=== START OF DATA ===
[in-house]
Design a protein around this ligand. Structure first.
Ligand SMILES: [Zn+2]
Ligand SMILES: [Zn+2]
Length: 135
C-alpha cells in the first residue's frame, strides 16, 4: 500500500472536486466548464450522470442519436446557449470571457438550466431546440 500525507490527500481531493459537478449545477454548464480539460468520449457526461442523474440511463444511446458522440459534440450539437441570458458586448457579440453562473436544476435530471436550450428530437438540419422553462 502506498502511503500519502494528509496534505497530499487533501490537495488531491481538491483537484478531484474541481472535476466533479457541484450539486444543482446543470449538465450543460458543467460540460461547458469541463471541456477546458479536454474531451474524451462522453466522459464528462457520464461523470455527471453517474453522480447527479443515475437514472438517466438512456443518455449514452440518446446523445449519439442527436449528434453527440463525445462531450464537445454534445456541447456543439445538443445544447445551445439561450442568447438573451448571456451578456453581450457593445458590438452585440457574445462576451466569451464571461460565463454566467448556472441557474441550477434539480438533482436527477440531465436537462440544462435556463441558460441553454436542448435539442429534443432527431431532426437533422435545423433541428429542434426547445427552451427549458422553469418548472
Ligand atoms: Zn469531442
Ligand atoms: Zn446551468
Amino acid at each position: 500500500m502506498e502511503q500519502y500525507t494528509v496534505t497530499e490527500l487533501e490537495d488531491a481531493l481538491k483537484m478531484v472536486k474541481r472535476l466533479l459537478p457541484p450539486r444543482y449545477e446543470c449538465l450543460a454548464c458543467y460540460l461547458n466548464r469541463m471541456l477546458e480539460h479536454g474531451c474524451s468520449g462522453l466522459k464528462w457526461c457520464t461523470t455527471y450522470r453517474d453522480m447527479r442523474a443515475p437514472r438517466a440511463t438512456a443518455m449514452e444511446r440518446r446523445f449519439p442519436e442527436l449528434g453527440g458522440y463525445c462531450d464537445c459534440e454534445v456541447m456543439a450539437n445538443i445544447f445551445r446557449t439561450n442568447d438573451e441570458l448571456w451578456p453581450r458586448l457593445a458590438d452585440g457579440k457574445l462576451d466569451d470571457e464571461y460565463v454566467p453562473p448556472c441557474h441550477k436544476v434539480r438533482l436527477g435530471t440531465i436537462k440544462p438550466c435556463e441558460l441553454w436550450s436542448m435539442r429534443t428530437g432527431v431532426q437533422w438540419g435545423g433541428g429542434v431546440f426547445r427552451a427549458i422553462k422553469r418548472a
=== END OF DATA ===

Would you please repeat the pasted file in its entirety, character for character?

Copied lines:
[in-house]
Design a protein around this ligand. Structure first.
Ligand SMILES: [Zn+2]
Ligand SMILES: [Zn+2]
Length: 135
C-alpha cells in the first residue's frame, strides 16, 4: 500500500472536486466548464450522470442519436446557449470571457438550466431546440 500525507490527500481531493459537478449545477454548464480539460468520449457526461442523474440511463444511446458522440459534440450539437441570458458586448457579440453562473436544476435530471436550450428530437438540419422553462 502506498502511503500519502494528509496534505497530499487533501490537495488531491481538491483537484478531484474541481472535476466533479457541484450539486444543482446543470449538465450543460458543467460540460461547458469541463471541456477546458479536454474531451474524451462522453466522459464528462457520464461523470455527471453517474453522480447527479443515475437514472438517466438512456443518455449514452440518446446523445449519439442527436449528434453527440463525445462531450464537445454534445456541447456543439445538443445544447445551445439561450442568447438573451448571456451578456453581450457593445458590438452585440457574445462576451466569451464571461460565463454566467448556472441557474441550477434539480438533482436527477440531465436537462440544462435556463441558460441553454436542448435539442429534443432527431431532426437533422435545423433541428429542434426547445427552451427549458422553469418548472
Ligand atoms: Zn469531442
Ligand atoms: Zn446551468
Amino acid at each position: 500500500m502506498e502511503q500519502y500525507t494528509v496534505t497530499e490527500l487533501e490537495d488531491a481531493l481538491k483537484m478531484v472536486k474541481r472535476l466533479l459537478p457541484p450539486r444543482y449545477e446543470c449538465l450543460a454548464c458543467y460540460l461547458n466548464r469541463m471541456l477546458e480539460h479536454g474531451c474524451s468520449g462522453l466522459k464528462w457526461c457520464t461523470t455527471y450522470r453517474d453522480m447527479r442523474a443515475p437514472r438517466a440511463t438512456a443518455m449514452e444511446r440518446r446523445f449519439p442519436e442527436l449528434g453527440g458522440y463525445c462531450d464537445c459534440e454534445v456541447m456543439a450539437n445538443i445544447f445551445r446557449t439561450n442568447d438573451e441570458l448571456w451578456p453581450r458586448l457593445a458590438d452585440g457579440k457574445l462576451d466569451d470571457e464571461y460565463v454566467p453562473p448556472c441557474h441550477k436544476v434539480r438533482l436527477g435530471t440531465i436537462k440544462p438550466c435556463e441558460l441553454w436550450s436542448m435539442r429534443t428530437g432527431v431532426q437533422w438540419g435545423g433541428g429542434v431546440f426547445r427552451a427549458i422553462k422553469r418548472a